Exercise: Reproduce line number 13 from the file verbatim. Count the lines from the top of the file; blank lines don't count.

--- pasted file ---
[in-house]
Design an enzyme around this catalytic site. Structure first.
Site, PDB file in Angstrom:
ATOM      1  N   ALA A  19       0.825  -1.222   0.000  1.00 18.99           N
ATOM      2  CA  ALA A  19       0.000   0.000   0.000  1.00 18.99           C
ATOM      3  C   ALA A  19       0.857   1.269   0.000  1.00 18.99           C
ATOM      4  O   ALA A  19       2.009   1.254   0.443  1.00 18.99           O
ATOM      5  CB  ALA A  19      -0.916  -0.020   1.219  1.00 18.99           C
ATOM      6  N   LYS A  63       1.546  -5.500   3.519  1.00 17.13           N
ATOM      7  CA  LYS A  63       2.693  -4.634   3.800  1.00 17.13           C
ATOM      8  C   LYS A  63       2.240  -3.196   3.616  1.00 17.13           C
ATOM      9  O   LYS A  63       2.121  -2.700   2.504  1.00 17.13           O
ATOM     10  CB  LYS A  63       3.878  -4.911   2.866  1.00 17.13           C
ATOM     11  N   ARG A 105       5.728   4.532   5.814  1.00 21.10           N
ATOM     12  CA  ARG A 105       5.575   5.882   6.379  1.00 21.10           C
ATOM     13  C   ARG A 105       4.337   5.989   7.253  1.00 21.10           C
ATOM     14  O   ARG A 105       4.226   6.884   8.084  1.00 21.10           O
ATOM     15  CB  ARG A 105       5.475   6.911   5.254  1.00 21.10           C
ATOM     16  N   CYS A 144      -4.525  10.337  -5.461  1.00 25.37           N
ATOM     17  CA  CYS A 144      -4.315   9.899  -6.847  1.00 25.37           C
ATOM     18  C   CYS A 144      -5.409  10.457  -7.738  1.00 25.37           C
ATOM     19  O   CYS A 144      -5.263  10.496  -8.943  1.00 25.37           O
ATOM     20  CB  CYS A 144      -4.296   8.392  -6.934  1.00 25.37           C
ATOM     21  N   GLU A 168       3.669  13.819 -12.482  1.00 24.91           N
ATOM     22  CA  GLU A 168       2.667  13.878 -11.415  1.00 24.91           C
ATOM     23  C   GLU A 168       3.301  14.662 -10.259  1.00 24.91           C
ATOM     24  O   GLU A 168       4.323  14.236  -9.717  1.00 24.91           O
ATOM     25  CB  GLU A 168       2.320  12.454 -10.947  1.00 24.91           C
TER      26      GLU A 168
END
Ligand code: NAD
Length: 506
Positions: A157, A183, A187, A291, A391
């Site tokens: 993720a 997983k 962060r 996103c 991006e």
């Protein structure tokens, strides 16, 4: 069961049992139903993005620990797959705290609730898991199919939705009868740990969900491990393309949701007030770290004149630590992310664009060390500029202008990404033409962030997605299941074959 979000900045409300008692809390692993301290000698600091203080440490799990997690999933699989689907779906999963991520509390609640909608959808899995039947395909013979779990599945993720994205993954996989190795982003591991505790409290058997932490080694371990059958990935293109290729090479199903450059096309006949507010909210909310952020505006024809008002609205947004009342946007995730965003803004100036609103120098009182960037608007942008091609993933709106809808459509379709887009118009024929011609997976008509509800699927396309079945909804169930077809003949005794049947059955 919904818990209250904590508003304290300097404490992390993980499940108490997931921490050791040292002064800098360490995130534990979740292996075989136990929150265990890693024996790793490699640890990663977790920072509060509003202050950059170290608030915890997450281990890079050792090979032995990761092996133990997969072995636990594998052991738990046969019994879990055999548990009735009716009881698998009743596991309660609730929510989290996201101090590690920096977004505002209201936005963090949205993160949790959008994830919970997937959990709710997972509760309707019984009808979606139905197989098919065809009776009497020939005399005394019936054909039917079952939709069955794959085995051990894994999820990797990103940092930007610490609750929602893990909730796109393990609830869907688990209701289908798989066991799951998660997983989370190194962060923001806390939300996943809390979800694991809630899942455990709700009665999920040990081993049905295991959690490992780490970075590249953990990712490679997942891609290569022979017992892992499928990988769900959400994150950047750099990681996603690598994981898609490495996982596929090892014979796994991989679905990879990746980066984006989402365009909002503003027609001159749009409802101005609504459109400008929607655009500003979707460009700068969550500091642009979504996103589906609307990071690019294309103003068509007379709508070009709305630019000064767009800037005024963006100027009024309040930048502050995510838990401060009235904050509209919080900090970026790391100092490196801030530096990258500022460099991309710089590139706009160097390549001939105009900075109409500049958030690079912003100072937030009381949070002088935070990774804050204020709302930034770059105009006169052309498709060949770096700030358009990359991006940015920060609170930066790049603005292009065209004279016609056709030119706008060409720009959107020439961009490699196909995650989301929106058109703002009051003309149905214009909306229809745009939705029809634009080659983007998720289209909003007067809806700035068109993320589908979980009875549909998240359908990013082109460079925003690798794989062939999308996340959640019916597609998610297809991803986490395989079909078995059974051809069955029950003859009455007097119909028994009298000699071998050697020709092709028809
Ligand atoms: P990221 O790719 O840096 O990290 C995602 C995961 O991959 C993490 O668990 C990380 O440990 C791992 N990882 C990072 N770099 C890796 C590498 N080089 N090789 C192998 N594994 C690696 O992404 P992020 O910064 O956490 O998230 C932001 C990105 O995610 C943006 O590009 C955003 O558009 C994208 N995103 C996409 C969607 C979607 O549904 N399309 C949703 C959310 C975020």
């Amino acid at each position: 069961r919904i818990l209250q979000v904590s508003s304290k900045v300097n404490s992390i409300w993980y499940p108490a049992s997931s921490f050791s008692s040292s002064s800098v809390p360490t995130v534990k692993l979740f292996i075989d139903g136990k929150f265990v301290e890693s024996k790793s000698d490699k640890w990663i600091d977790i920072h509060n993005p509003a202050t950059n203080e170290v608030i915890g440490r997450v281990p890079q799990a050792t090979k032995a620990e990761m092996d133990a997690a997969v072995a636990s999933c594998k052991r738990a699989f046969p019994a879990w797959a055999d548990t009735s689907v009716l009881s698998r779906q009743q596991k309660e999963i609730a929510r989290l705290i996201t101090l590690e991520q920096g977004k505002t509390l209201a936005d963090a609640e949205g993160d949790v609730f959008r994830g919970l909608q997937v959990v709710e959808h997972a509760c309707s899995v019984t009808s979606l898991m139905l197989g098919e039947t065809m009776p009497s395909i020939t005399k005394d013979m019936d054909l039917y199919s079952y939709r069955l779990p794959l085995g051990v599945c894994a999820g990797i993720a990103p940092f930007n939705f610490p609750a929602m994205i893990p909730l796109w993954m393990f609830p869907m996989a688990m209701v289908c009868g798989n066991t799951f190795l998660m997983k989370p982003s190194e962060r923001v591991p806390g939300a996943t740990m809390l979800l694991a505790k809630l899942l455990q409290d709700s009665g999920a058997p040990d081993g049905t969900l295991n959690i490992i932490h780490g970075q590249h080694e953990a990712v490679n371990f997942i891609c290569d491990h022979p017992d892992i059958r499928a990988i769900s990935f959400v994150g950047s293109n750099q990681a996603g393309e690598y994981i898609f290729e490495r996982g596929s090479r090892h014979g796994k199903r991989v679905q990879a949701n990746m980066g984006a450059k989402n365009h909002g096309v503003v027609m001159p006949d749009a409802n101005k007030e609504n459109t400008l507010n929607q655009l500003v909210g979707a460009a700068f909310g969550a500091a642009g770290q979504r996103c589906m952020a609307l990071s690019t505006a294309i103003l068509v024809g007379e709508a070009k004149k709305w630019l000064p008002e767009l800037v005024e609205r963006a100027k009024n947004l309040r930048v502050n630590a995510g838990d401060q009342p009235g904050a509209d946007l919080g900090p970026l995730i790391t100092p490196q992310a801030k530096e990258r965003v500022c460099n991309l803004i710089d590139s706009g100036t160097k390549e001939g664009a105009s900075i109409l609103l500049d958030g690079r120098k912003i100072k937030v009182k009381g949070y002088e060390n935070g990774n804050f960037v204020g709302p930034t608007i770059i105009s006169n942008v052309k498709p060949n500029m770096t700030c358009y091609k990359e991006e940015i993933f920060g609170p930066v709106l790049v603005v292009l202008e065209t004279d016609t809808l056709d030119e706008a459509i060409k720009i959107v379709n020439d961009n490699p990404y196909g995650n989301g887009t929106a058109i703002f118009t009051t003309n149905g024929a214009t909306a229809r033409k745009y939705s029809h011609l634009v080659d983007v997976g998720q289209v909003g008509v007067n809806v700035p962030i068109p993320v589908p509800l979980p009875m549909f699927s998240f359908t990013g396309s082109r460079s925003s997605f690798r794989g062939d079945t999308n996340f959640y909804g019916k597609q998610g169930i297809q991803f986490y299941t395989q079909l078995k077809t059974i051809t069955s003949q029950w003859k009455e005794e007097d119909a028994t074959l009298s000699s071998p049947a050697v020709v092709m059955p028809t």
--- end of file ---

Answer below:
ATOM     10  CB  LYS A  63       3.878  -4.911   2.866  1.00 17.13           C